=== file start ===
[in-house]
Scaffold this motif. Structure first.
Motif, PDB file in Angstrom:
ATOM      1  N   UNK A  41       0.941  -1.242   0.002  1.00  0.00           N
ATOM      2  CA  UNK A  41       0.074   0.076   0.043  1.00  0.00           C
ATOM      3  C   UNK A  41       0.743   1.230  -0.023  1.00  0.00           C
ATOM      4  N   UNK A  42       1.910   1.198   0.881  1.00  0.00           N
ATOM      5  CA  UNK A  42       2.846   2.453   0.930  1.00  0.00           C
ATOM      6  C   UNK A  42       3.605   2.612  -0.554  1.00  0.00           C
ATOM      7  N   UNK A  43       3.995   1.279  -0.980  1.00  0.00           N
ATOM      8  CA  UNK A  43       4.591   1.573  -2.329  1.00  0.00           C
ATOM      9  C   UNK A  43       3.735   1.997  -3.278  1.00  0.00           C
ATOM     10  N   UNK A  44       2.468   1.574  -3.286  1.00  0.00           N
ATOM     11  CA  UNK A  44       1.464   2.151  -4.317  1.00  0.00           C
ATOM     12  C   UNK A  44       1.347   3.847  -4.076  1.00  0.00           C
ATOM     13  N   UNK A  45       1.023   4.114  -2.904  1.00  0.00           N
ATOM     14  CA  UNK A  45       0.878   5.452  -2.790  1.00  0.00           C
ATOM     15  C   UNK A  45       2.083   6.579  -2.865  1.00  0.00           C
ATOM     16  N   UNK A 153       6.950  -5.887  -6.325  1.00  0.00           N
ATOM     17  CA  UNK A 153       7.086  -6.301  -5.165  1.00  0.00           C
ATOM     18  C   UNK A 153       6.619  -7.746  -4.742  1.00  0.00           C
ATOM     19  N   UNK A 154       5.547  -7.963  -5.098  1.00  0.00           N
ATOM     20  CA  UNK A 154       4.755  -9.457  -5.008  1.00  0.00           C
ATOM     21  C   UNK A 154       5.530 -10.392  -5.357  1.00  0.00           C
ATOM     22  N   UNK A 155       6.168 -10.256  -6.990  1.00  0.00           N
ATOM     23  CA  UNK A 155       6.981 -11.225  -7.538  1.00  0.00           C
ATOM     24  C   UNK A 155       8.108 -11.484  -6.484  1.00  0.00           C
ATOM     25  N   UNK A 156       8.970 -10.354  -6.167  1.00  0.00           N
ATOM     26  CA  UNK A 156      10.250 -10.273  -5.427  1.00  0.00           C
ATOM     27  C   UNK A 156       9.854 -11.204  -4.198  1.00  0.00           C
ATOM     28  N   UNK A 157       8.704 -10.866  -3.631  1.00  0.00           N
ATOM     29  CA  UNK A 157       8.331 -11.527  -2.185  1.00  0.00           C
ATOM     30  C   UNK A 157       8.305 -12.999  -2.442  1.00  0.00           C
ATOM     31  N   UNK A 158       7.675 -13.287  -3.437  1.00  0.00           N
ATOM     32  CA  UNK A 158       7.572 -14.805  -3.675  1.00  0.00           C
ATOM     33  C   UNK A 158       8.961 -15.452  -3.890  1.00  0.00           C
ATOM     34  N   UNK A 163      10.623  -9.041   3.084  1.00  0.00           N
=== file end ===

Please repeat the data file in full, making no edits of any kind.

[in-house]
Scaffold this motif. Structure first.
Motif, PDB file in Angstrom:
ATOM      1  N   UNK A  41       0.941  -1.242   0.002  1.00  0.00           N
ATOM      2  CA  UNK A  41       0.074   0.076   0.043  1.00  0.00           C
ATOM      3  C   UNK A  41       0.743   1.230  -0.023  1.00  0.00           C
ATOM      4  N   UNK A  42       1.910   1.198   0.881  1.00  0.00           N
ATOM      5  CA  UNK A  42       2.846   2.453   0.930  1.00  0.00           C
ATOM      6  C   UNK A  42       3.605   2.612  -0.554  1.00  0.00           C
ATOM      7  N   UNK A  43       3.995   1.279  -0.980  1.00  0.00           N
ATOM      8  CA  UNK A  43       4.591   1.573  -2.329  1.00  0.00           C
ATOM      9  C   UNK A  43       3.735   1.997  -3.278  1.00  0.00           C
ATOM     10  N   UNK A  44       2.468   1.574  -3.286  1.00  0.00           N
ATOM     11  CA  UNK A  44       1.464   2.151  -4.317  1.00  0.00           C
ATOM     12  C   UNK A  44       1.347   3.847  -4.076  1.00  0.00           C
ATOM     13  N   UNK A  45       1.023   4.114  -2.904  1.00  0.00           N
ATOM     14  CA  UNK A  45       0.878   5.452  -2.790  1.00  0.00           C
ATOM     15  C   UNK A  45       2.083   6.579  -2.865  1.00  0.00           C
ATOM     16  N   UNK A 153       6.950  -5.887  -6.325  1.00  0.00           N
ATOM     17  CA  UNK A 153       7.086  -6.301  -5.165  1.00  0.00           C
ATOM     18  C   UNK A 153       6.619  -7.746  -4.742  1.00  0.00           C
ATOM     19  N   UNK A 154       5.547  -7.963  -5.098  1.00  0.00           N
ATOM     20  CA  UNK A 154       4.755  -9.457  -5.008  1.00  0.00           C
ATOM     21  C   UNK A 154       5.530 -10.392  -5.357  1.00  0.00           C
ATOM     22  N   UNK A 155       6.168 -10.256  -6.990  1.00  0.00           N
ATOM     23  CA  UNK A 155       6.981 -11.225  -7.538  1.00  0.00           C
ATOM     24  C   UNK A 155       8.108 -11.484  -6.484  1.00  0.00           C
ATOM     25  N   UNK A 156       8.970 -10.354  -6.167  1.00  0.00           N
ATOM     26  CA  UNK A 156      10.250 -10.273  -5.427  1.00  0.00           C
ATOM     27  C   UNK A 156       9.854 -11.204  -4.198  1.00  0.00           C
ATOM     28  N   UNK A 157       8.704 -10.866  -3.631  1.00  0.00           N
ATOM     29  CA  UNK A 157       8.331 -11.527  -2.185  1.00  0.00           C
ATOM     30  C   UNK A 157       8.305 -12.999  -2.442  1.00  0.00           C
ATOM     31  N   UNK A 158       7.675 -13.287  -3.437  1.00  0.00           N
ATOM     32  CA  UNK A 158       7.572 -14.805  -3.675  1.00  0.00           C
ATOM     33  C   UNK A 158       8.961 -15.452  -3.890  1.00  0.00           C
ATOM     34  N   UNK A 163      10.623  -9.041   3.084  1.00  0.00           N